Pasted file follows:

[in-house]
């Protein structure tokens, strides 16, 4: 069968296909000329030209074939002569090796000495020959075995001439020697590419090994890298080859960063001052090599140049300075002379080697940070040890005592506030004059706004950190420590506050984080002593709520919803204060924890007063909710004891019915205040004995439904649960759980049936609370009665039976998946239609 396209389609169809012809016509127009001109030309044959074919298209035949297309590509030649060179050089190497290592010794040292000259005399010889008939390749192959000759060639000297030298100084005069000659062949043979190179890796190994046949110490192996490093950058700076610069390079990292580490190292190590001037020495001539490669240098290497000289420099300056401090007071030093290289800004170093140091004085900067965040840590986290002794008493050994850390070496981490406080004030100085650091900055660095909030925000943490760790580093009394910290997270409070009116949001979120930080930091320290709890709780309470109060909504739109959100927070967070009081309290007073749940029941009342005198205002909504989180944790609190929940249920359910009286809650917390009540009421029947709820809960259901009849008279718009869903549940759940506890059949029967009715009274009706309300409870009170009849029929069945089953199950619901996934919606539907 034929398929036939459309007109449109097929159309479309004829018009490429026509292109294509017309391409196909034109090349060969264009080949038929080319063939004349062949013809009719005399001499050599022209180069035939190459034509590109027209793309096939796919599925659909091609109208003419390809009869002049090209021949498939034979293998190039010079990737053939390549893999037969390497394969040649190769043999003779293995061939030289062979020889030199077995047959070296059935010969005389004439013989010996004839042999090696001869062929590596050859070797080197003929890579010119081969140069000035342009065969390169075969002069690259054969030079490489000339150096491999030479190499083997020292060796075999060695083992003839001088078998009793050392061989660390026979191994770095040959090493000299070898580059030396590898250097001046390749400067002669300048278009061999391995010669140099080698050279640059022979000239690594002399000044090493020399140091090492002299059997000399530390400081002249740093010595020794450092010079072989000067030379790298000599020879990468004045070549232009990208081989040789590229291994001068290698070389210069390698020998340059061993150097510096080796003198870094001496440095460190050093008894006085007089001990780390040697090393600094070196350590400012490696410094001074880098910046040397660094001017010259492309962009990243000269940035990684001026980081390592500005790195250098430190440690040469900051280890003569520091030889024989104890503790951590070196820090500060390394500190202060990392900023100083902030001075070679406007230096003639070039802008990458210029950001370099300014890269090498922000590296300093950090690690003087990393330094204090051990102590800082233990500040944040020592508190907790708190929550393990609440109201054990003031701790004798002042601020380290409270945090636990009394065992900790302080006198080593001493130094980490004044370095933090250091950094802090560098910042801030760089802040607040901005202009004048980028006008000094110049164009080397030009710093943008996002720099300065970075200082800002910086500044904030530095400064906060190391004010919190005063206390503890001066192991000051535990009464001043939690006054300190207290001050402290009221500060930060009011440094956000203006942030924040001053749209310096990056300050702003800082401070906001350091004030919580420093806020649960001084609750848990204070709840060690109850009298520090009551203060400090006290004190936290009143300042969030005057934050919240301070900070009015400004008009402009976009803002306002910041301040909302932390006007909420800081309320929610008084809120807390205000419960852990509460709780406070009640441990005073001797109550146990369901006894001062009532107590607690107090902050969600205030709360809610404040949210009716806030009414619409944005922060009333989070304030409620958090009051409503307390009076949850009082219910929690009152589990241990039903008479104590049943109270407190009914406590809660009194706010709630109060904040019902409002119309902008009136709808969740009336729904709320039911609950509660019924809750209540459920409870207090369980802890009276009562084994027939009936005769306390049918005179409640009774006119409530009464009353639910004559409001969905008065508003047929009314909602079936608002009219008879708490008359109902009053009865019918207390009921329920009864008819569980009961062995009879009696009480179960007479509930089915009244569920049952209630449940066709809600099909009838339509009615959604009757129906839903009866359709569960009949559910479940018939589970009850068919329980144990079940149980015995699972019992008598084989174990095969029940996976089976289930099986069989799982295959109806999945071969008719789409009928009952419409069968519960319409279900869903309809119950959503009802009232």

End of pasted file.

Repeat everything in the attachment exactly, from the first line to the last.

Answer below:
[in-house]
């Protein structure tokens, strides 16, 4: 069968296909000329030209074939002569090796000495020959075995001439020697590419090994890298080859960063001052090599140049300075002379080697940070040890005592506030004059706004950190420590506050984080002593709520919803204060924890007063909710004891019915205040004995439904649960759980049936609370009665039976998946239609 396209389609169809012809016509127009001109030309044959074919298209035949297309590509030649060179050089190497290592010794040292000259005399010889008939390749192959000759060639000297030298100084005069000659062949043979190179890796190994046949110490192996490093950058700076610069390079990292580490190292190590001037020495001539490669240098290497000289420099300056401090007071030093290289800004170093140091004085900067965040840590986290002794008493050994850390070496981490406080004030100085650091900055660095909030925000943490760790580093009394910290997270409070009116949001979120930080930091320290709890709780309470109060909504739109959100927070967070009081309290007073749940029941009342005198205002909504989180944790609190929940249920359910009286809650917390009540009421029947709820809960259901009849008279718009869903549940759940506890059949029967009715009274009706309300409870009170009849029929069945089953199950619901996934919606539907 034929398929036939459309007109449109097929159309479309004829018009490429026509292109294509017309391409196909034109090349060969264009080949038929080319063939004349062949013809009719005399001499050599022209180069035939190459034509590109027209793309096939796919599925659909091609109208003419390809009869002049090209021949498939034979293998190039010079990737053939390549893999037969390497394969040649190769043999003779293995061939030289062979020889030199077995047959070296059935010969005389004439013989010996004839042999090696001869062929590596050859070797080197003929890579010119081969140069000035342009065969390169075969002069690259054969030079490489000339150096491999030479190499083997020292060796075999060695083992003839001088078998009793050392061989660390026979191994770095040959090493000299070898580059030396590898250097001046390749400067002669300048278009061999391995010669140099080698050279640059022979000239690594002399000044090493020399140091090492002299059997000399530390400081002249740093010595020794450092010079072989000067030379790298000599020879990468004045070549232009990208081989040789590229291994001068290698070389210069390698020998340059061993150097510096080796003198870094001496440095460190050093008894006085007089001990780390040697090393600094070196350590400012490696410094001074880098910046040397660094001017010259492309962009990243000269940035990684001026980081390592500005790195250098430190440690040469900051280890003569520091030889024989104890503790951590070196820090500060390394500190202060990392900023100083902030001075070679406007230096003639070039802008990458210029950001370099300014890269090498922000590296300093950090690690003087990393330094204090051990102590800082233990500040944040020592508190907790708190929550393990609440109201054990003031701790004798002042601020380290409270945090636990009394065992900790302080006198080593001493130094980490004044370095933090250091950094802090560098910042801030760089802040607040901005202009004048980028006008000094110049164009080397030009710093943008996002720099300065970075200082800002910086500044904030530095400064906060190391004010919190005063206390503890001066192991000051535990009464001043939690006054300190207290001050402290009221500060930060009011440094956000203006942030924040001053749209310096990056300050702003800082401070906001350091004030919580420093806020649960001084609750848990204070709840060690109850009298520090009551203060400090006290004190936290009143300042969030005057934050919240301070900070009015400004008009402009976009803002306002910041301040909302932390006007909420800081309320929610008084809120807390205000419960852990509460709780406070009640441990005073001797109550146990369901006894001062009532107590607690107090902050969600205030709360809610404040949210009716806030009414619409944005922060009333989070304030409620958090009051409503307390009076949850009082219910929690009152589990241990039903008479104590049943109270407190009914406590809660009194706010709630109060904040019902409002119309902008009136709808969740009336729904709320039911609950509660019924809750209540459920409870207090369980802890009276009562084994027939009936005769306390049918005179409640009774006119409530009464009353639910004559409001969905008065508003047929009314909602079936608002009219008879708490008359109902009053009865019918207390009921329920009864008819569980009961062995009879009696009480179960007479509930089915009244569920049952209630449940066709809600099909009838339509009615959604009757129906839903009866359709569960009949559910479940018939589970009850068919329980144990079940149980015995699972019992008598084989174990095969029940996976089976289930099986069989799982295959109806999945071969008719789409009928009952419409069968519960319409279900869903309809119950959503009802009232």